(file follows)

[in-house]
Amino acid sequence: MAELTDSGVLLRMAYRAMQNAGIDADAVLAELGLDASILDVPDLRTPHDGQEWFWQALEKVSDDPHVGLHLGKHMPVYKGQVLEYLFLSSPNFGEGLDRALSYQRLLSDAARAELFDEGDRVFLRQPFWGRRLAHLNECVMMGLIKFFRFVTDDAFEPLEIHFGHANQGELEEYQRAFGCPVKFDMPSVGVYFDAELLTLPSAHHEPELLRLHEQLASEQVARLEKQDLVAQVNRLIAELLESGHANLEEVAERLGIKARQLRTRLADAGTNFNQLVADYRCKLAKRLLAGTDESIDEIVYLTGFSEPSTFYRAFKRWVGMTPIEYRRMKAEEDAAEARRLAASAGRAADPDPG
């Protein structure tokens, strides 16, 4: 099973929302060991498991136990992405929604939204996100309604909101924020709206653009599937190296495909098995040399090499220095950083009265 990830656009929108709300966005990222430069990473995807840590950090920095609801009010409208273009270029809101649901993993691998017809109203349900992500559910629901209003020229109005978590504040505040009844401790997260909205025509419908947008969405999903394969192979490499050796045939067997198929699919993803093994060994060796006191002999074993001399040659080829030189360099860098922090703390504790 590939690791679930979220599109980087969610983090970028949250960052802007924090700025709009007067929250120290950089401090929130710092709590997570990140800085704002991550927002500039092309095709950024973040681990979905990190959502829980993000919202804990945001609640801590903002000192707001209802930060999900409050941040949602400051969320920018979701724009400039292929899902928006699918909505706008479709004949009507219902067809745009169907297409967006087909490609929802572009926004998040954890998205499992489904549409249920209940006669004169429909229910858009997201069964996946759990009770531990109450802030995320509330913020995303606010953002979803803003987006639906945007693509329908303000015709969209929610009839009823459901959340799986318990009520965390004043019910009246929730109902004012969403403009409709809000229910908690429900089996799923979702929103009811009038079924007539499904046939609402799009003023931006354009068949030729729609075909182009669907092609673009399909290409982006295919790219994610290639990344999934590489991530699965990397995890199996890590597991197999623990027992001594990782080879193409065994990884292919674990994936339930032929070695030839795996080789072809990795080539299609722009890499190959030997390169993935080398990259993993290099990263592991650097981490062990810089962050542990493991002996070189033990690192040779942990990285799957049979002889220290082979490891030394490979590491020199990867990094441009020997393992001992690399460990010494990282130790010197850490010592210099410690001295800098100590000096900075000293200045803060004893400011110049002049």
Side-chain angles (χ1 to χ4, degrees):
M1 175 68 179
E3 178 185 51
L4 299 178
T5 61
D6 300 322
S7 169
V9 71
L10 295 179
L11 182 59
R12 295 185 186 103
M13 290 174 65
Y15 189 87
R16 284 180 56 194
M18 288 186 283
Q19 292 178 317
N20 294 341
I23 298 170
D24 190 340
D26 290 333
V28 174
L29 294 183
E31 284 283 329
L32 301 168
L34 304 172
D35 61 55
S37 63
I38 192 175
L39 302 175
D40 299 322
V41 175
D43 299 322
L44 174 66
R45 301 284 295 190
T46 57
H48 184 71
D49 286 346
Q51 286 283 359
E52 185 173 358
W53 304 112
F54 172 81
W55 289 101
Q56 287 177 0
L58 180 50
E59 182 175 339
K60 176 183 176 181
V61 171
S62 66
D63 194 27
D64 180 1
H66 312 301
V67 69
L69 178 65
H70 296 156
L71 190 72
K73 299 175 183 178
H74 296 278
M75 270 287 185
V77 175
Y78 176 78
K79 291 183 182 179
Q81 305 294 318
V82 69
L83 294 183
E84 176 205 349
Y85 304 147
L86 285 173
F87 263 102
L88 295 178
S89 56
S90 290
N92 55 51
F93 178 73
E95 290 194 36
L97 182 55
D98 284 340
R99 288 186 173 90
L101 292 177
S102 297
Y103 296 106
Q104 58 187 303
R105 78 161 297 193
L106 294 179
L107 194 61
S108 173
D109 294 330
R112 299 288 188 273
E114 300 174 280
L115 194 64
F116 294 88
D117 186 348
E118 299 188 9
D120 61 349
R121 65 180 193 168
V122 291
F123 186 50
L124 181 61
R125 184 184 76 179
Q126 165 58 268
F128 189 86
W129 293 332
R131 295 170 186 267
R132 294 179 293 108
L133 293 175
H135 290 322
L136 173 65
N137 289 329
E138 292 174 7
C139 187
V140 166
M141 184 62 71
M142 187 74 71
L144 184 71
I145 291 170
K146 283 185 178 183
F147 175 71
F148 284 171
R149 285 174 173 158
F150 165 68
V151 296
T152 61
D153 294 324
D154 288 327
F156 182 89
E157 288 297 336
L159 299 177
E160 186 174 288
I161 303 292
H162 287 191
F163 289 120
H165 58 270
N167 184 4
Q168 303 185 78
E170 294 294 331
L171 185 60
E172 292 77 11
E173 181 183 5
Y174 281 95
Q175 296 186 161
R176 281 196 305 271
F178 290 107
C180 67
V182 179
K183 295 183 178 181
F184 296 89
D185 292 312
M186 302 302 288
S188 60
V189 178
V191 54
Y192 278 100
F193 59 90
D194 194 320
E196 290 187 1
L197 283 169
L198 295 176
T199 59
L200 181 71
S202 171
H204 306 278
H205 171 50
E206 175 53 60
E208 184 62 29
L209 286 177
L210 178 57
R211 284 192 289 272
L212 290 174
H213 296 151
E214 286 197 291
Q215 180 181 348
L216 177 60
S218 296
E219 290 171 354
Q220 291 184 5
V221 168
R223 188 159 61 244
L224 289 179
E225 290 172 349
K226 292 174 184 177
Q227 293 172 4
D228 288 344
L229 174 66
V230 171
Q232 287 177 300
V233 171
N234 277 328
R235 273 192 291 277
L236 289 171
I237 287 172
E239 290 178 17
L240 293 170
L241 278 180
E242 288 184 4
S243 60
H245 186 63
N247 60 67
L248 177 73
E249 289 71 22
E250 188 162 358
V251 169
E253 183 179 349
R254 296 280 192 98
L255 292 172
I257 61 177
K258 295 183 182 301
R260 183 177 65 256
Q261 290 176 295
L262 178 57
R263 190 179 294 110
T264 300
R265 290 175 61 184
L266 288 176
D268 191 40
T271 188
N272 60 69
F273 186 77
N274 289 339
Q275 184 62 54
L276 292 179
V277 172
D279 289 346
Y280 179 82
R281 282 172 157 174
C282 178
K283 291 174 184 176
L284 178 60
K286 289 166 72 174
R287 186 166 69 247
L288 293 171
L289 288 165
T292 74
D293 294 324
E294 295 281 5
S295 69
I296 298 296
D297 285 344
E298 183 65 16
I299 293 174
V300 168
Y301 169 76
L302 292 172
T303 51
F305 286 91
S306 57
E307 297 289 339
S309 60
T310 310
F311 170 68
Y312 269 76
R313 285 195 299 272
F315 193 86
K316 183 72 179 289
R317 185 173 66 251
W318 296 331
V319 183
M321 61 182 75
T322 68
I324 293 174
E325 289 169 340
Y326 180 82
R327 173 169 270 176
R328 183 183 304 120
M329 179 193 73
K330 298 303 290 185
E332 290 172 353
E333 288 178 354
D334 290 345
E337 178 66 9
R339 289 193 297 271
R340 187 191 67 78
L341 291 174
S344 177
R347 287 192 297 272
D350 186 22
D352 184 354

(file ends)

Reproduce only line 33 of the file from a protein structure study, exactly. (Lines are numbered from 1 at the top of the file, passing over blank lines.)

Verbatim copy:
D40 299 322